7. We Need to Talk About Kevin by Lionel Shriver ~ I experienced this book in audio format and am so glad I did. This was such an emotional story, heartbreaking and thought provoking.



8. Saving CeeCee Honeycutt by Beth Hoffman ~ This is a book I wanted to jump right into the pages of and experience first hand. I loved CeeCee and Aunt Tootie and all the other characters in the book.



9. Losing Touch by Sandra Hunter ~ I still cannot think of this one without tearing up. Often the books that speak to me the loudest and stay with me forever are the ones that touch a personal chord in my own life, and this was one such book.



10. The Last Policeman Trilogy by Ben H. Winters  ~ I cannot think of these books separately. The trilogy is more complete taken as a whole. It's dark and gritty and such an amazing story. 





Of the books you have read in the last 3 years, did any make your all time favorite book list? If so, which ones?




Every Tuesday Diane from Bibliophile By the Sea hosts 
First Chapter First Paragraph Tuesday Intros, where  
participants share the first paragraph (or a few) of a 
book they are reading or thinking about reading soon.

In line with the theme of all time favorite books, I thought I would share the first paragraph of one of my favorite books since my childhood. I have re-read very few books over my lifetime and this is one of them: 
"Elnora Comstock, have you lost your senses? demanded the angry voice of Katherine Comstock while she glared at her daughter.
"Why, Mother!" faltered the girl.
"Don't you 'why, Mother' me!" cried Mrs. Comstock. "You know very well what I mean. You've given me no peace until you've had your way about this going to school business. I've fixed you good enough, and you're ready to start. But no child of mine walks the streets of Onabasha looking like a play-actress woman. You wet your hair and comb it down modest and decent and then be off, or you'll have no time to find where you belong."
 It has been years since I last read Gene Stratton Porter's A Girl of the Limberlost (1909), but I still remember how absorbed I would become each time I read it.  Oh, how I loved the time Elnora and I spent in  Limberlost!  I am looking forward to one day sharing the book with my daughter. I hope she loves it as much as I do.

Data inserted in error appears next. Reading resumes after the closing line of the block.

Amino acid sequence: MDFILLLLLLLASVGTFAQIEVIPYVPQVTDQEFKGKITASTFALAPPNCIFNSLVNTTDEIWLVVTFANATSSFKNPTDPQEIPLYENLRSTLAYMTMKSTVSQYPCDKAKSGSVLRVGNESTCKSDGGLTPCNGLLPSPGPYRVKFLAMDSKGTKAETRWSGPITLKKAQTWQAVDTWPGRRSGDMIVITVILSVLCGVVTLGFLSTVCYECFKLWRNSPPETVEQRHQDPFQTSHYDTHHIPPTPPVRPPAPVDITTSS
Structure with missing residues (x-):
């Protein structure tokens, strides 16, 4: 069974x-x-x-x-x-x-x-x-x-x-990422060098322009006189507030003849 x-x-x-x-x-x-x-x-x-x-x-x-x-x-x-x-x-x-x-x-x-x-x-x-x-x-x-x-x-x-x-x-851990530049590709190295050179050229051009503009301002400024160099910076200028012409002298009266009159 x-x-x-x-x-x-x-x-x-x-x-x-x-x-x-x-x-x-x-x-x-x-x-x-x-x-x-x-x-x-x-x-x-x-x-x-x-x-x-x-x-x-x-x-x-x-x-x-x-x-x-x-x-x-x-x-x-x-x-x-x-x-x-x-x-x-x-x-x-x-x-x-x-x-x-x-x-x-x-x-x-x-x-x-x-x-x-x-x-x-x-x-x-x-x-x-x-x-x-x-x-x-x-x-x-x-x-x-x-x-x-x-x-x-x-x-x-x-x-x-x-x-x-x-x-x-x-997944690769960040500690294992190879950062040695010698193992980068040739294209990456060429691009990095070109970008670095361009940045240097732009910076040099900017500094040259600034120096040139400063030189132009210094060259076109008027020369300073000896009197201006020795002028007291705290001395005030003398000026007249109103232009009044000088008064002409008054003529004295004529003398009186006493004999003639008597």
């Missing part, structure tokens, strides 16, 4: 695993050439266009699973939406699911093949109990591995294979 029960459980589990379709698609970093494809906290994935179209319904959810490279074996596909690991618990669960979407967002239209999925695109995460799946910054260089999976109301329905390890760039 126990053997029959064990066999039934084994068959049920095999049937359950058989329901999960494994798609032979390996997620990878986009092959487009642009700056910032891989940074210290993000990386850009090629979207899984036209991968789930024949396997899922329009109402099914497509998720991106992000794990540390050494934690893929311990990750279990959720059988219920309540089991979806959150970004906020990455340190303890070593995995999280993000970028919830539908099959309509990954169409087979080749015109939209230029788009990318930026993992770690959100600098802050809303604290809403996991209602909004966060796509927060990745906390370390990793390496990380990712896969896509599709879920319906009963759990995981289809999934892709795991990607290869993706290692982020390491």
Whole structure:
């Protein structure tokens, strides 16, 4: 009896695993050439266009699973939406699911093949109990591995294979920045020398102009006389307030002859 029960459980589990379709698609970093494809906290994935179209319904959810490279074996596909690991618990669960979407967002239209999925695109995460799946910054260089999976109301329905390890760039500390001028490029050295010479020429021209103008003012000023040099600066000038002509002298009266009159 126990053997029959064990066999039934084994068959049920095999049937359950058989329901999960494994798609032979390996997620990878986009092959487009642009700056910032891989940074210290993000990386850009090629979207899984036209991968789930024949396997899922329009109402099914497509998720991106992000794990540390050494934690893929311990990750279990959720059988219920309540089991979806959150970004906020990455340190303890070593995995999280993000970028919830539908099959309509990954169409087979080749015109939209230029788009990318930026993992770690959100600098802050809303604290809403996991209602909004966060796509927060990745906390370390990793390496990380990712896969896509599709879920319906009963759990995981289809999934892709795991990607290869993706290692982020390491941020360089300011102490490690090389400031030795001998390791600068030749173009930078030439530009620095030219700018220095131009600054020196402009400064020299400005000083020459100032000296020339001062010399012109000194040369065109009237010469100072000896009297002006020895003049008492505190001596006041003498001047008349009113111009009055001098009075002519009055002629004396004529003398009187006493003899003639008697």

Blurb from Goodreads:
Set amid Indiana's vast Limberlost Swamp, this treasured children's classic mixes astute observations on nature with the struggles of growing up in the early 20th century. Harassed by her mother and scorned by her peers, Elnora Comstock finds solace in natural beauty — along with friendship, independence, and romance.
Would you continue reading?


© 2015, Wendy Runyon of Musings of a Bookish Kitty. All Rights Reserved. If you're reading this on a site other than Musings of a Bookish Kitty or Wendy's feed, be aware that this post has been stolen and is used without permission.

Saturday, February 28, 2015

February 2015 in Review


The weather has been: Much like last month, there have been sunny days and overcast and rainy days. In fact, we will be getting rain off and on the next few days.  One of the trees in our yard has purple blooms all over the branches. The bees are having a field day. The rain has come in spurts today, luckily the big downpour waited until after Mouse's soccer class. We didn't spend much time at the park afterward though.

I am listening to: I am still listening to Eleanor and Park by Rainbow Rowell. I know, I know, what's taking me so long?! It's the same as always; hardly any time to listen. Those of you who have long commutes and can listen while you clean house or exercise are lucky. Because of the February holidays, I did have extra reading time, but instead of listening to an audio book, I decided I would rather use that time to read my e-books and print books.